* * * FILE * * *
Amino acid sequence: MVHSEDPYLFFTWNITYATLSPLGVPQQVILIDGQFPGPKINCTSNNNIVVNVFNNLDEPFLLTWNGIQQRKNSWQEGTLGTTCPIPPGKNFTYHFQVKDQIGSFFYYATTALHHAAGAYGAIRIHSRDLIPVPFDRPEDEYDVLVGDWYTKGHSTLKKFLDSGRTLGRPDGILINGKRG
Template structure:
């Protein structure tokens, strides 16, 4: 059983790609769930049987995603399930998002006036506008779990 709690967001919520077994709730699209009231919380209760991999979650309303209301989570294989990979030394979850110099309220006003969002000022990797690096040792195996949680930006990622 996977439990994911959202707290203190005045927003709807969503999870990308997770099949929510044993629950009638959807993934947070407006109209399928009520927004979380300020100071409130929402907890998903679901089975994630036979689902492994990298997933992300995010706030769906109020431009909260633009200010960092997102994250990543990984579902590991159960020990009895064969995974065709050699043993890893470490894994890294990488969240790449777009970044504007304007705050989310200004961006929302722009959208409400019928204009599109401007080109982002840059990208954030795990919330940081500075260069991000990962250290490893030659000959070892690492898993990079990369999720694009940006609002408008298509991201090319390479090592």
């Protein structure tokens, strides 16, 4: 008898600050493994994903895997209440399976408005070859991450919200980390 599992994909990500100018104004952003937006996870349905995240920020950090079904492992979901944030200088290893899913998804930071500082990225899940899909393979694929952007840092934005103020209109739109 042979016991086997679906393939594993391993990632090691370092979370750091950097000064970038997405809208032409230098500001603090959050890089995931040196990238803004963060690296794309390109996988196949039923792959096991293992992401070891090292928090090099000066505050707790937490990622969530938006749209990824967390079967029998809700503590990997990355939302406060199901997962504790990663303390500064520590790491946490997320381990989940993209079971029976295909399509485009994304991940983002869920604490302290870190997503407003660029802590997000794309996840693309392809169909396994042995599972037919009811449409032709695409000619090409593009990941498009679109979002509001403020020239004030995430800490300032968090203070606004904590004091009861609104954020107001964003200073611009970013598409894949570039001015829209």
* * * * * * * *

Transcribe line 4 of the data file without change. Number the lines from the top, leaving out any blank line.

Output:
């Protein structure tokens, strides 16, 4: 008898600050493994994903895997209440399976408005070859991450919200980390 599992994909990500100018104004952003937006996870349905995240920020950090079904492992979901944030200088290893899913998804930071500082990225899940899909393979694929952007840092934005103020209109739109 042979016991086997679906393939594993391993990632090691370092979370750091950097000064970038997405809208032409230098500001603090959050890089995931040196990238803004963060690296794309390109996988196949039923792959096991293992992401070891090292928090090099000066505050707790937490990622969530938006749209990824967390079967029998809700503590990997990355939302406060199901997962504790990663303390500064520590790491946490997320381990989940993209079971029976295909399509485009994304991940983002869920604490302290870190997503407003660029802590997000794309996840693309392809169909396994042995599972037919009811449409032709695409000619090409593009990941498009679109979002509001403020020239004030995430800490300032968090203070606004904590004091009861609104954020107001964003200073611009970013598409894949570039001015829209």